One of Mitt Romney's main attacks on President Obama has been that he is illegally gutting welfare reform's work requirement, and the House is set to pass legislation soon to block the administration's proposed waivers to the program. As I've consistently written, there's just no evidence that's going on. But I'm not a lawyer, so I couldn't say whether or not it's legal. But the Congressional Research Service staff are lawyers, and their conclusion (pdf) is that Obama's welfare policy is legal.
At issue is a letter acting assistant secretary for the Administration for Children and Families (ACF) at the Department of Health and Human Services (HHS) Gary Sheldon sent to states encouraging them to apply for waivers to experiment with different ways of promoting work through their welfare programs. The ideas included paying welfare checks directly through employers to encourage work, allowing welfare recipients to count job training programs, and so forth. Sheldon explicitly ruled out any waivers that undermined the welfare work requirement, writing, “The Secretary will not use her authority to allow use of TANF [Temporary Assistance to Needy Families] funds to provide assistance to individuals or families subject to the TANF prohibitions on assistance.” That is, people not eligible for welfare due to work requirements aren't going to be getting aid under the new regime.
But even if they don't undermine welfare reform, are waivers like this legal? That's an issue for courts to decide, relating to the technical interpretation of sections 402 and 407 of the welfare reform law. But CRS' Kathleen Swendiman concludes that in all likelihood, the Secretary of Health and Human Services (currently Kathleen Sebelius) has the power to waiver the relevant portions of that law.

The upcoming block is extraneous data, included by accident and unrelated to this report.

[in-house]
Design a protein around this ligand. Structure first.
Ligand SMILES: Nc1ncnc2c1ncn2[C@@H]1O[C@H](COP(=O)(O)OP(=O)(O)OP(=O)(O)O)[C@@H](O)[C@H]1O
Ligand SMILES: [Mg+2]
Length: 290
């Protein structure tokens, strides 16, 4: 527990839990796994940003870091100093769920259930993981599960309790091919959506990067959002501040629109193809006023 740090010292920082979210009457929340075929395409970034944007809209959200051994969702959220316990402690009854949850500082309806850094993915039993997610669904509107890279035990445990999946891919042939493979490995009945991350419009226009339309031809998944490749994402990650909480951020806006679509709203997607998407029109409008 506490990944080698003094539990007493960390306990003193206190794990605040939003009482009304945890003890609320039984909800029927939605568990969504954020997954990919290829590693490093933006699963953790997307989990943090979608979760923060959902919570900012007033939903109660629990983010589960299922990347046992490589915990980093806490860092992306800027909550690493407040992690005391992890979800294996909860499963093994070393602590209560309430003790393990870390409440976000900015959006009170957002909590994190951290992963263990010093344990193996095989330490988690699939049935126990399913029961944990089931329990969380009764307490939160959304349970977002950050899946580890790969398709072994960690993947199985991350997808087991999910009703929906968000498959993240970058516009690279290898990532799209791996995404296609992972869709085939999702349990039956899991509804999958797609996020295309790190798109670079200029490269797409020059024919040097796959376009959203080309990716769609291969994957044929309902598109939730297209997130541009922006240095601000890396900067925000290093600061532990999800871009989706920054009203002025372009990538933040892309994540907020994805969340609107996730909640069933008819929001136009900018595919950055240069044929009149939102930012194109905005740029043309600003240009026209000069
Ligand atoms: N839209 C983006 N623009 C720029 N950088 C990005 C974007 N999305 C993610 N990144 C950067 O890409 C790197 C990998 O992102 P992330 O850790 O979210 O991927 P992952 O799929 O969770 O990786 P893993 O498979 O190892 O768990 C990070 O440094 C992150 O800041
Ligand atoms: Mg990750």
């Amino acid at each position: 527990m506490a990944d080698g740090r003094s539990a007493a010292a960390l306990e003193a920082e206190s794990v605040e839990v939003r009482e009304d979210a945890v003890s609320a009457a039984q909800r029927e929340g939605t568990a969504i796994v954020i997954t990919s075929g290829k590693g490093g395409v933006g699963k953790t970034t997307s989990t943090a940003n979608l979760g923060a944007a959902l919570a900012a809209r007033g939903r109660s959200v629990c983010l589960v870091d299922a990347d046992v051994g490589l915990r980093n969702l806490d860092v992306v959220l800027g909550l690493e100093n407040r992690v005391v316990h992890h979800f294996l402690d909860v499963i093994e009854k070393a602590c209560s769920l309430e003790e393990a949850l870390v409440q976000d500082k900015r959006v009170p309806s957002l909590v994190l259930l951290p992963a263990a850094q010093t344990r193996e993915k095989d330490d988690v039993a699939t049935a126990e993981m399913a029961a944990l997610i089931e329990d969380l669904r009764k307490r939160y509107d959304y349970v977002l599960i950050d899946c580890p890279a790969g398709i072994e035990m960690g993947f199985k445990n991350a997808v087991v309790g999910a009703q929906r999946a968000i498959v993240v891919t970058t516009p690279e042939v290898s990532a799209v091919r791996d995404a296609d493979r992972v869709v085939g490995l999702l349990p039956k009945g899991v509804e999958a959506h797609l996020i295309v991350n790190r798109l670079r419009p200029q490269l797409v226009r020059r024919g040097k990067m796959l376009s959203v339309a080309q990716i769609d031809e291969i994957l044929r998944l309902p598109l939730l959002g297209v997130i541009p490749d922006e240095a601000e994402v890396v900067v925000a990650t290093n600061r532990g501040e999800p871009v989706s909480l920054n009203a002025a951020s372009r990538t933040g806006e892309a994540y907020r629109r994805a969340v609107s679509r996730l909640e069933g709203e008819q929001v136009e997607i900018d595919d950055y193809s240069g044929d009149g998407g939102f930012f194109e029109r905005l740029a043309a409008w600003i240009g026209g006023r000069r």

"Section 1115 of the Social Security Act provides broad authority for the Secretary to consider and approve experiment, pilot, or demonstration projects which, in the Secretary's judgment, are likely to assist in promoting the objectives of the TANF program," the report concludes. Should the issue go to court, "there would appear to be a sound basis for the reviewing court to uphold the Secretary's interpretation that the provisions of Section 402, in so far as they incorporate the requirements in Section 407, are waivable under a TANF waiver demonstration project."
That's highly technical language, but the upshot is: The Congressional Research Service thinks courts will probably rule that Sebelius is acting legally if she approves waivers along the lines proposed.